In 2012, the Australia Pacific Technical College (APTC) opened its School of Health and Community Services Training Centre in Suva.
The new training facility offers APTC's Certificate III in Disability. The course benefits not only Fiji citizens but the region as a whole, as one of only a limited number of formal courses offered in the Pacific, in this area.
In this opening address, the Acting Australian High Commissioner, Glenn Miles, elaborated on why the Australian Government believes in enhancing the lives of people with disabilities.
"From a social, economic and moral viewpoint, no society can afford to ignore such a large part of its own population. Statistics have proven that girls and boys with a disability are less likely to go to school, and have less access to services and support. They show that people with disability have poorer health outcomes, are less likely to gain an income, an income that could help lift themselves and their families out of poverty.
"The fundamental purpose of the Australian Aid program is to help people overcome poverty", he said.
The focus on disability across the Australian AID program is a commitment to 1.2 million people affected by a disability across the Pacific - approximately 15 per cent of the population.
Through the Certificate III course in disability, students from the region working in special education centres, vocational training centres, government departments, special schools and care facilities will now be formally trained and qualified. These students who already have a sound knowledge of disability in their home countries will not only improve their skills and knowledge but take what they have learned back to their homes for the betterment of their communities.
For Fiji citizen Jone Vuetiverata, a graduate of APTCs' Certificate III in disability, the invaluable training has meant moving on from a volunteer role working with people with disability, to a full time teaching position with the Ministry of Education.
"With the training I received from APTC, I am now capable of teaching and taking proper care of students with disabilities. APTC provided a platform to share experiences on the regional level with other teachers from special schools around the Pacific enrolled in the course.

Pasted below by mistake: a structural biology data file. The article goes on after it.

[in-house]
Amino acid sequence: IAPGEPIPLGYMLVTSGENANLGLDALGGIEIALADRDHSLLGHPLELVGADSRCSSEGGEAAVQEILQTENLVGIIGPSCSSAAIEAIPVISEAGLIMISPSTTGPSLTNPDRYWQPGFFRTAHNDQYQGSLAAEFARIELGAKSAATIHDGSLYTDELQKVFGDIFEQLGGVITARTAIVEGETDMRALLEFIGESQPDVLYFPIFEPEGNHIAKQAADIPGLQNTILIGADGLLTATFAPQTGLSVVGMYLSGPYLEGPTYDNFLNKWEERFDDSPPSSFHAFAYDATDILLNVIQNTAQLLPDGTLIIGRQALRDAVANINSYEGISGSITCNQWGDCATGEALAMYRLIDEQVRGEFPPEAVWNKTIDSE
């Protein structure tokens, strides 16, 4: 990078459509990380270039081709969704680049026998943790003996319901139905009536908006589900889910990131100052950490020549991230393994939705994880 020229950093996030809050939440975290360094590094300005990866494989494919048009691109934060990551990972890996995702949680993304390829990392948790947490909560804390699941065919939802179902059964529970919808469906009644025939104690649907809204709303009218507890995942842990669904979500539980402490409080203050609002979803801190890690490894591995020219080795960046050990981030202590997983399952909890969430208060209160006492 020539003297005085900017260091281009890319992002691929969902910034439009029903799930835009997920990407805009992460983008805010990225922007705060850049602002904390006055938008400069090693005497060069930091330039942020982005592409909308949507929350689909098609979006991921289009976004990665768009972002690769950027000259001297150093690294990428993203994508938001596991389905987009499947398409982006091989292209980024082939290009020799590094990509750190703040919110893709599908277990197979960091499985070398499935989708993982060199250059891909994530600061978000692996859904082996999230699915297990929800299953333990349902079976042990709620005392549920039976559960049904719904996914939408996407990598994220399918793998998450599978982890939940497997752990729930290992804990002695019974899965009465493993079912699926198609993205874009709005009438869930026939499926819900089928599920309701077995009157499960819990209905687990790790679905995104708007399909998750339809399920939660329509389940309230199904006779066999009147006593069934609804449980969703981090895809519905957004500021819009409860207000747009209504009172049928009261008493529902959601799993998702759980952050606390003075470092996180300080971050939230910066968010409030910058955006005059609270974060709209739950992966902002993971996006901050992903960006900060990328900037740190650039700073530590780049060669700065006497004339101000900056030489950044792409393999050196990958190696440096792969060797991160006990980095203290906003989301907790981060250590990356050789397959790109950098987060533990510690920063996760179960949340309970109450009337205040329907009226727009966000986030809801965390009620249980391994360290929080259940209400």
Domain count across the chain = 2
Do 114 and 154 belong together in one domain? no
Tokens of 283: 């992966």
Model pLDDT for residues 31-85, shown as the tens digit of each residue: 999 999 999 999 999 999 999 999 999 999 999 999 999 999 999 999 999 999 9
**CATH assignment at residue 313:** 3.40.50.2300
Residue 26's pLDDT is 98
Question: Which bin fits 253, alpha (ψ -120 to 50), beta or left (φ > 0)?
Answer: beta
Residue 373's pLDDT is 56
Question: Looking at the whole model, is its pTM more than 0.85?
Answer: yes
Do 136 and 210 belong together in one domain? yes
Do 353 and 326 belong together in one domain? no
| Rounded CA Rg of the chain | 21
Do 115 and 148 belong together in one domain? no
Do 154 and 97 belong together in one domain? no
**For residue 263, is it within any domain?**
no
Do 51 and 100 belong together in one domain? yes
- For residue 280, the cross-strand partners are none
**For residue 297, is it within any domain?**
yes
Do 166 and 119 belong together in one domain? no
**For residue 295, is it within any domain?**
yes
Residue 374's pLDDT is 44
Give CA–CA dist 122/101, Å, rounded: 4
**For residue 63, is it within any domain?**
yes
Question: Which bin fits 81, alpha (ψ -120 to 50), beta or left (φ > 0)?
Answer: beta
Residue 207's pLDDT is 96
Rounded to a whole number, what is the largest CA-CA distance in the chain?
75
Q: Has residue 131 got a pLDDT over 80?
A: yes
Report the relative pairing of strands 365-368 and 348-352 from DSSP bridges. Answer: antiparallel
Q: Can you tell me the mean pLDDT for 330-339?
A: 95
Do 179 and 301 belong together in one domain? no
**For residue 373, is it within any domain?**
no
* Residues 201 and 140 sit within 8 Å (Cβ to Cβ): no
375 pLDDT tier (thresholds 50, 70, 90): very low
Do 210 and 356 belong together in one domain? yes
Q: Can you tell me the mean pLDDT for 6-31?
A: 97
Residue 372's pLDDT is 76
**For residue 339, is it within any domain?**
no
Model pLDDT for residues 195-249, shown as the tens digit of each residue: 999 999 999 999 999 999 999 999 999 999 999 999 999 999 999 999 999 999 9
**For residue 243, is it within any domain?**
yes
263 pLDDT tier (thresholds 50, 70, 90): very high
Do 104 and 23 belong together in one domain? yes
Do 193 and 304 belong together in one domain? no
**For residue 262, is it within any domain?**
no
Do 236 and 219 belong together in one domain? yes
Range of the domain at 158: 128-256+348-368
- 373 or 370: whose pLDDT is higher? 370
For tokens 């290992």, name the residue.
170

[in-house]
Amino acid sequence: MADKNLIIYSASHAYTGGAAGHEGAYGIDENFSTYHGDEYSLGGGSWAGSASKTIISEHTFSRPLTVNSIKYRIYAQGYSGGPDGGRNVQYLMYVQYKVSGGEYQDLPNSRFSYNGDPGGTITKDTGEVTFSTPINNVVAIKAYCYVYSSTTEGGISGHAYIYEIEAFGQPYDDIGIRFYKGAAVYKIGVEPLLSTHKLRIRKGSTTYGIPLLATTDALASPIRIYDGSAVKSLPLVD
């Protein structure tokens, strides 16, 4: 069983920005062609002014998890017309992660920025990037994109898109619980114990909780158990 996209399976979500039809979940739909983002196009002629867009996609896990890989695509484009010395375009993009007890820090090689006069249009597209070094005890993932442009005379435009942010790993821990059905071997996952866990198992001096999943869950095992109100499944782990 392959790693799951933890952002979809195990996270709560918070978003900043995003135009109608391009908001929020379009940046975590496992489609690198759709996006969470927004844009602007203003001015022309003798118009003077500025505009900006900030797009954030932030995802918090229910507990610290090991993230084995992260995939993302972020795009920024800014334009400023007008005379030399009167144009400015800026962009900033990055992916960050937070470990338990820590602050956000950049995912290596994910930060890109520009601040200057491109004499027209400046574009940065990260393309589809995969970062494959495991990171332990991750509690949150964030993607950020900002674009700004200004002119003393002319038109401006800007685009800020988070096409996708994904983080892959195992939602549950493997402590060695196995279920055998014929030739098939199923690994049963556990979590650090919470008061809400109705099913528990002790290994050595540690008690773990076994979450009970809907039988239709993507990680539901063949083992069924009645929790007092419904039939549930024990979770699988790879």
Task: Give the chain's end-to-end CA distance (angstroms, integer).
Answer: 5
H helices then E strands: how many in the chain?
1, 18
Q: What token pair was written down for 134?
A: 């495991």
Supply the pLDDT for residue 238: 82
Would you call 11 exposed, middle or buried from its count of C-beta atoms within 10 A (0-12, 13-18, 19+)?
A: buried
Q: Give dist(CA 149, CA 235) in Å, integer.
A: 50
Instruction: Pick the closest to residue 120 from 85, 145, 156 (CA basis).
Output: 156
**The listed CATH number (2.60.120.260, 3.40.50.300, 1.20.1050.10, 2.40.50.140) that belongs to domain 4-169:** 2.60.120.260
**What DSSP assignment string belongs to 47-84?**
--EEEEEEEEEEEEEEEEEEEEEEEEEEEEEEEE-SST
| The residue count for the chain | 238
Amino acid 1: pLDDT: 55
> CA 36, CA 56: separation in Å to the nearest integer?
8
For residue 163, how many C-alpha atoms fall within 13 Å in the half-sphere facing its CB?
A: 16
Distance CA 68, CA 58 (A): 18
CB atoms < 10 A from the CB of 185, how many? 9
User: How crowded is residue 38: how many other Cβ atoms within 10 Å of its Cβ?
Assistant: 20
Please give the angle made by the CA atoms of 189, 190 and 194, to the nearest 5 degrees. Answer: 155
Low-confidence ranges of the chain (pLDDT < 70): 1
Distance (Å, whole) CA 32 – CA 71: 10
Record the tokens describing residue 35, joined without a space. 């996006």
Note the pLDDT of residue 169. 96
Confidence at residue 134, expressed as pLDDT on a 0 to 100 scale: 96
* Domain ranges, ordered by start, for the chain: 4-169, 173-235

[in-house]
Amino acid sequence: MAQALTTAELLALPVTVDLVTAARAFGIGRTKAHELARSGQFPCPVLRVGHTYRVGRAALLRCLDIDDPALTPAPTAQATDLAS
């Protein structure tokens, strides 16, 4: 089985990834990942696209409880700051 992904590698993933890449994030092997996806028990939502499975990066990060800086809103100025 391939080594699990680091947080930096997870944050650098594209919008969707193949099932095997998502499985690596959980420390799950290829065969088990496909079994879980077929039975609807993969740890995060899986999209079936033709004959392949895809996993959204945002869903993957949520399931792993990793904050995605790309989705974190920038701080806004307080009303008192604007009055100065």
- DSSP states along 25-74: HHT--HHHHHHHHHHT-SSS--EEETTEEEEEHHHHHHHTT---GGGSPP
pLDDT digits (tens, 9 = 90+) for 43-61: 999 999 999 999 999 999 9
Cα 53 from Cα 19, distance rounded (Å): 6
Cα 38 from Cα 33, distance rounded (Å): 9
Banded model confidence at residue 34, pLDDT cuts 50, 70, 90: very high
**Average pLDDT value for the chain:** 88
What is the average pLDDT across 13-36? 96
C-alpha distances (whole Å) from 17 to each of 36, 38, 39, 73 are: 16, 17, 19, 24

"During our discussions, we gathered that there have been lots of meetings, workshops and papers written, but little or no change in the care of people with disabilities. With this course we have been reminded that we are the change agents that can make a difference," Mr Vuetiverata said.
Born with cerebral palsy, Ni-Vanuatu Freda Willie is wheel chair bound and a testament to the motto that anything is possible.
Having graduated with a Certificate III in Tourism from APTC last year, Freda's "can-do attitude" is an example for all.
"Don't let people look down on you. You must have the right attitude to work or to attend school and that whatever you do you will succeed. If given an opportunity to upgrade skills and qualification, take this as an occasion that will open doors to future careers and once in please give your best to it," Freda Willie said.
In addition to the Disability Course, the training facility also houses Certificate III programs in Community and Aged Care; Youth Work and Community Services
APTC is an Australian government funded initiative managed by AusAID providing Australian standard quality technical and vocational education to students in the Pacific across 23 course areas.